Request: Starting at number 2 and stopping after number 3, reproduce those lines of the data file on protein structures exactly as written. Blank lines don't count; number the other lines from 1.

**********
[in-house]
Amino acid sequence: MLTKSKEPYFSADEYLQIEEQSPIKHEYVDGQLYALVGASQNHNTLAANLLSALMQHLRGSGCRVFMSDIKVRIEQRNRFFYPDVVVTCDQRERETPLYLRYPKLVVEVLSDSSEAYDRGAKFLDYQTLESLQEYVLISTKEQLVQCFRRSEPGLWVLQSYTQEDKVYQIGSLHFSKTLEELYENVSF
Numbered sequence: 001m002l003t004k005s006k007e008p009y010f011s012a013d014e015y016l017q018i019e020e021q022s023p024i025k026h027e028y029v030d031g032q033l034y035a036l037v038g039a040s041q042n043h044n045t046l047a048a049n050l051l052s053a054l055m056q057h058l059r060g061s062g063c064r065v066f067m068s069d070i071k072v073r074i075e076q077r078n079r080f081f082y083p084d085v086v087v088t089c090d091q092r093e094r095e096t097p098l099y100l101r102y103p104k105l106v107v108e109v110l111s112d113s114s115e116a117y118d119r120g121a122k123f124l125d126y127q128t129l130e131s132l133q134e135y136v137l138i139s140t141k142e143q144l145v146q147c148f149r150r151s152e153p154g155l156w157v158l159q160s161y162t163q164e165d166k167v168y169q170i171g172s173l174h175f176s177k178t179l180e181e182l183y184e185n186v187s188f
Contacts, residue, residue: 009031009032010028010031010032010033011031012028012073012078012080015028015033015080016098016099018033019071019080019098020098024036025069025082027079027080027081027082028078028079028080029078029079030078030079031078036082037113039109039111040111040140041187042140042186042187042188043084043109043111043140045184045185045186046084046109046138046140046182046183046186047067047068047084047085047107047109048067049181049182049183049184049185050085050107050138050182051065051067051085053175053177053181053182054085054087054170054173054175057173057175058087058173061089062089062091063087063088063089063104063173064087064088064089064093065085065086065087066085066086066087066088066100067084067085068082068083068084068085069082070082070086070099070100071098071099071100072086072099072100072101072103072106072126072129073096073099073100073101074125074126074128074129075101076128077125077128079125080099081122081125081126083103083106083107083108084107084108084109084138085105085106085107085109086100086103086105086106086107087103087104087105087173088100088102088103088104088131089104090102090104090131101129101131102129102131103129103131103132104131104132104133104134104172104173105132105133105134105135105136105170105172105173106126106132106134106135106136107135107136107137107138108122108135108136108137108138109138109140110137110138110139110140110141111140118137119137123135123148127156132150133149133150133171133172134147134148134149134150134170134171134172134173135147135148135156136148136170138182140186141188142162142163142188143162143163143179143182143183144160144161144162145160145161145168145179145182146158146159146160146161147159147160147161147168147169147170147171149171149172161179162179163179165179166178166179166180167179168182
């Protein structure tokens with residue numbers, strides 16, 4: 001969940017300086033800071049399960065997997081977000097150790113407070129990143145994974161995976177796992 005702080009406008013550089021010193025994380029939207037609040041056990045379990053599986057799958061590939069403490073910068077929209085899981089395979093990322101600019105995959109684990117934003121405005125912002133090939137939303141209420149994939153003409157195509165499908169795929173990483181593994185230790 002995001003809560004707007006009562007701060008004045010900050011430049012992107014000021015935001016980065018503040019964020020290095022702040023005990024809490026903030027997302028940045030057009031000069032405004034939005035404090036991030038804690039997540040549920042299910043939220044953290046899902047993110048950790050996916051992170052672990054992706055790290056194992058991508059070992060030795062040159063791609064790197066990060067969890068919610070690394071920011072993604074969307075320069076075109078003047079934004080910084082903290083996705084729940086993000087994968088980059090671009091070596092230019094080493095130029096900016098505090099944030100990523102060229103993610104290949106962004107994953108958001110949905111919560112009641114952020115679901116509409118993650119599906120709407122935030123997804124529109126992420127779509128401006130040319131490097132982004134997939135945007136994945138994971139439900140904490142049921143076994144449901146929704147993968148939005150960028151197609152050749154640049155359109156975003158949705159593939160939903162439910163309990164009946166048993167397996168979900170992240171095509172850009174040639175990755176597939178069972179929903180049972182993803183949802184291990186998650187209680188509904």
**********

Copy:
Amino acid sequence: MLTKSKEPYFSADEYLQIEEQSPIKHEYVDGQLYALVGASQNHNTLAANLLSALMQHLRGSGCRVFMSDIKVRIEQRNRFFYPDVVVTCDQRERETPLYLRYPKLVVEVLSDSSEAYDRGAKFLDYQTLESLQEYVLISTKEQLVQCFRRSEPGLWVLQSYTQEDKVYQIGSLHFSKTLEELYENVSF
Numbered sequence: 001m002l003t004k005s006k007e008p009y010f011s012a013d014e015y016l017q018i019e020e021q022s023p024i025k026h027e028y029v030d031g032q033l034y035a036l037v038g039a040s041q042n043h044n045t046l047a048a049n050l051l052s053a054l055m056q057h058l059r060g061s062g063c064r065v066f067m068s069d070i071k072v073r074i075e076q077r078n079r080f081f082y083p084d085v086v087v088t089c090d091q092r093e094r095e096t097p098l099y100l101r102y103p104k105l106v107v108e109v110l111s112d113s114s115e116a117y118d119r120g121a122k123f124l125d126y127q128t129l130e131s132l133q134e135y136v137l138i139s140t141k142e143q144l145v146q147c148f149r150r151s152e153p154g155l156w157v158l159q160s161y162t163q164e165d166k167v168y169q170i171g172s173l174h175f176s177k178t179l180e181e182l183y184e185n186v187s188f